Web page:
Yet, he also knows the maximum effort hasn't been enough to change the results.
The Yellow Jackets are in danger of finishing 3-9 if they lose Saturday at Miami and in two weeks to Georgia. Last year they went 11-3, won the Orange Bowl and earned a No. 8 final ranking.
Picked in preseason to win the ACC Coastal Division for a second straight year, Georgia Tech keeps finding ways to lose close games.
Other than the blowout defeat at Clemson last month, the Jackets had chances to beat Notre Dame, Duke, North Carolina, Pittsburgh, Virginia and Virginia Tech in the closing minutes but came up short each time.
It's no wonder they're 1-6 in conference play.
''This year, it seems like whatever has had a chance to go wrong goes wrong, and I think you make your own breaks,'' Johnson said Monday. ''I'm not crying about that. We've got to do a better job of doing the detailed things to make our own breaks.''
Injuries have accounted for 70 missed games by players expected to make big contributions, causing Georgia Tech to play 10 true freshmen and 13 redshirt freshmen.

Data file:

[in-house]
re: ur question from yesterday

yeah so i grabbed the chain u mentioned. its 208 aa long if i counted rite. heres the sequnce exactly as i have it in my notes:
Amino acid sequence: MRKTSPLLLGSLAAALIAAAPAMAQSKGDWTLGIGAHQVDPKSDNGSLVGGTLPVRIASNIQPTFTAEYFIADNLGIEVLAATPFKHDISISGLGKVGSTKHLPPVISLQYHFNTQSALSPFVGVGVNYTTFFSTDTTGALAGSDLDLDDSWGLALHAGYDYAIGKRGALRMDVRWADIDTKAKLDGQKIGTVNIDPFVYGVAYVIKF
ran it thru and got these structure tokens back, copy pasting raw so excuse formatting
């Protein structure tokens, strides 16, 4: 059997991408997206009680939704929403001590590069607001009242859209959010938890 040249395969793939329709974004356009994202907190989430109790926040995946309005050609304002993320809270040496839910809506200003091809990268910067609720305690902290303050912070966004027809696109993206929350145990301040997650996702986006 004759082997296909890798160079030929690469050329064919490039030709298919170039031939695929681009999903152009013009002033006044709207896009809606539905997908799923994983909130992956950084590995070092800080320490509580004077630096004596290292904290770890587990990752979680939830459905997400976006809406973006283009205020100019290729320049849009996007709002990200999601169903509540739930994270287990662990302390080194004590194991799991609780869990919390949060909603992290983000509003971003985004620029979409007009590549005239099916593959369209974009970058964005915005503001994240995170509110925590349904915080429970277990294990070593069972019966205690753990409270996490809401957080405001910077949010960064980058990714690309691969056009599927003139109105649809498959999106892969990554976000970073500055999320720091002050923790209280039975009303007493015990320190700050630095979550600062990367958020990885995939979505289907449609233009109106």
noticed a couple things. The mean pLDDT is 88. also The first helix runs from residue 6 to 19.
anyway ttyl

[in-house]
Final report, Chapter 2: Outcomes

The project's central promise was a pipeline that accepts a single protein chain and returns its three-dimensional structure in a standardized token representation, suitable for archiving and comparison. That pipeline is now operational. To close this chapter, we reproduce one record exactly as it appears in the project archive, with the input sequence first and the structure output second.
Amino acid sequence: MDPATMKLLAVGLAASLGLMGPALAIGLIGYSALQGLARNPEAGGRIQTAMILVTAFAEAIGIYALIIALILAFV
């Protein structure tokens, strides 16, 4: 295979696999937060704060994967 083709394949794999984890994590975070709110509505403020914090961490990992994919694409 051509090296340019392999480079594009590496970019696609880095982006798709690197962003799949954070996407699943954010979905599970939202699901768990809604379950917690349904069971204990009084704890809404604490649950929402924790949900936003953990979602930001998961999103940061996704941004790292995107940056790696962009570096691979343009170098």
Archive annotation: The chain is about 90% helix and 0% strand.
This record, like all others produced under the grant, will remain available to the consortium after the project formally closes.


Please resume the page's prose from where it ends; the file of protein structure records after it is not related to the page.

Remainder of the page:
But those circumstances don't entirely explain the multitude of mistakes that have dragged the Jackets down.
In last Thursday's 23-21 home loss to Virginia Tech, Broderick Snoddy lost a fumble twice in the second half and Marcus Allen lost one in the fourth quarter that led to the Hokies' game-winning touchdown, which Lawrence Austin helped along with an egregious pass interference penalty.
And an unsportsmanlike flag on offensive guard Errin Joe derailed the Jackets' chance of attempting a winning field goal on the final drive.
''I think that this team had continued to try to play hard,'' Johnson said. ''I think they want to do well. I think they're frustrated just like everybody else is, the coaches, the players, the fans - I mean everybody is frustrated.''
Quarterback Justin Thomas, the team's undisputed leader, has taken a beating physically and has missed the playmaking abilities of running backs Quaide Weimerskirch, C.J. Leggett and Nate Cottrell, each of whom missed the whole season with injuries.
Four true freshmen - offensive lineman Will Bryan, receiver Brad Stewart and running backs Marcus Marshall and Mikell Lands-Davis - have each worked as starters.
''Sometimes it's a valuable lesson in that you learn that winning is not easy,'' Johnson said. ''Sometimes you take it for granted, and it's not easy. It's never easy. But I think he's handled it about as well as you can handle it, probably. He's a very competitive guy himself.''
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